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New Potatoes(1965)
larrylark

American boy stands centre of small holding,
 1
Hampshire England, bought by father,
 2
given to son - objecting to the draft.
 3
He sings, laughing, buries thin fingers,
 4
imitating toil, bringing soil stained new potatoes
 5
into the old world. Sir Walter Raleigh
 6
sails past bottom of plot, cursing bomber command
 7
as they fly in clusters, firing traces
 8
over rice fields of a distant land.
 9

29 Jul 05

Rated 8 (8.5) by 1 users.
Active (1): 8
Inactive (3): 8, 9, 10

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Comments:

Lack of punctuation in places actually adds to the depth, I think.  It's breathy, like lack of oxygen high in the air as opposed to the ground and the old, family soil.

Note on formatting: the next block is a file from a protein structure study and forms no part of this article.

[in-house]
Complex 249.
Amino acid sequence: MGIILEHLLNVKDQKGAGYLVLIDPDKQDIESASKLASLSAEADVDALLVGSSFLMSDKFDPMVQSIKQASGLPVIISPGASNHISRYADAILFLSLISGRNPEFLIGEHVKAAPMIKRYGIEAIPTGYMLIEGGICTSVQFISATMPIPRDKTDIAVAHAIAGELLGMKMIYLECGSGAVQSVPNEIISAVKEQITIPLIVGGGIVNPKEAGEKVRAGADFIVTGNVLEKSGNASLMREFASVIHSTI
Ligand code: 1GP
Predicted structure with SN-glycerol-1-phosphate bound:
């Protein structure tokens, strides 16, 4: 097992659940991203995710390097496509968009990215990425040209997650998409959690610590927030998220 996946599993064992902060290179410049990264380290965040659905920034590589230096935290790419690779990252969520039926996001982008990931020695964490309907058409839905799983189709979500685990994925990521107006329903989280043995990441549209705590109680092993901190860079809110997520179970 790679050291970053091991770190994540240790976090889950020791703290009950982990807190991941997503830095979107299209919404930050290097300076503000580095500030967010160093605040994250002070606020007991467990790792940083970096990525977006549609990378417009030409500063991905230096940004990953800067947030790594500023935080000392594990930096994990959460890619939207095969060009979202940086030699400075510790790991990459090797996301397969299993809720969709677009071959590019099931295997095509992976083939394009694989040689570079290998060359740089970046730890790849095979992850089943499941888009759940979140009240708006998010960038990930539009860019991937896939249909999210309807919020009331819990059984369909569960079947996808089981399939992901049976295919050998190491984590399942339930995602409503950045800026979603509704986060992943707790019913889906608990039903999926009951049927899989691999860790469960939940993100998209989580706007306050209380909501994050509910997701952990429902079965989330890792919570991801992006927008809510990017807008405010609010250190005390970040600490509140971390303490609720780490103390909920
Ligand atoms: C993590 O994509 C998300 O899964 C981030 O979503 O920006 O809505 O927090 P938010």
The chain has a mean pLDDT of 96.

— Isabelle5

I'll never get punctuation but then neither do a lot of published poets who have to have editors tooth comb their work but you are confusing me now,lack of punctuation makes it better.and i would never have made the oxygen connection.Thanks as always for your penetrative analysis.
 — larrylark

larrylark

it's good to lack punctuation?
 — Kauf

Probably not on a regular basis
 — larrylark

this sound as it is written from some sort of experience and seems to be exploring the tensions between the old and the new world, very striking imagery. A thought provoking poem, with effective use of historical character.
 — fashionfad

larrylark

It Isn't Entirely, then ;)
 — Kauf

The birth of potatoes.  NICE.

I love stuff like this.  9
 — themolly

I think its how you feel it but when feeling fly all over the place and appear as words on a page then they need punctuating or should that read puncturing
 — larrylark

I saw the first comments; your punctuation as alwasy, suck. :)
But I just want to say that the title and the last line stitch this up together quite nicely; good job.
 — unknown

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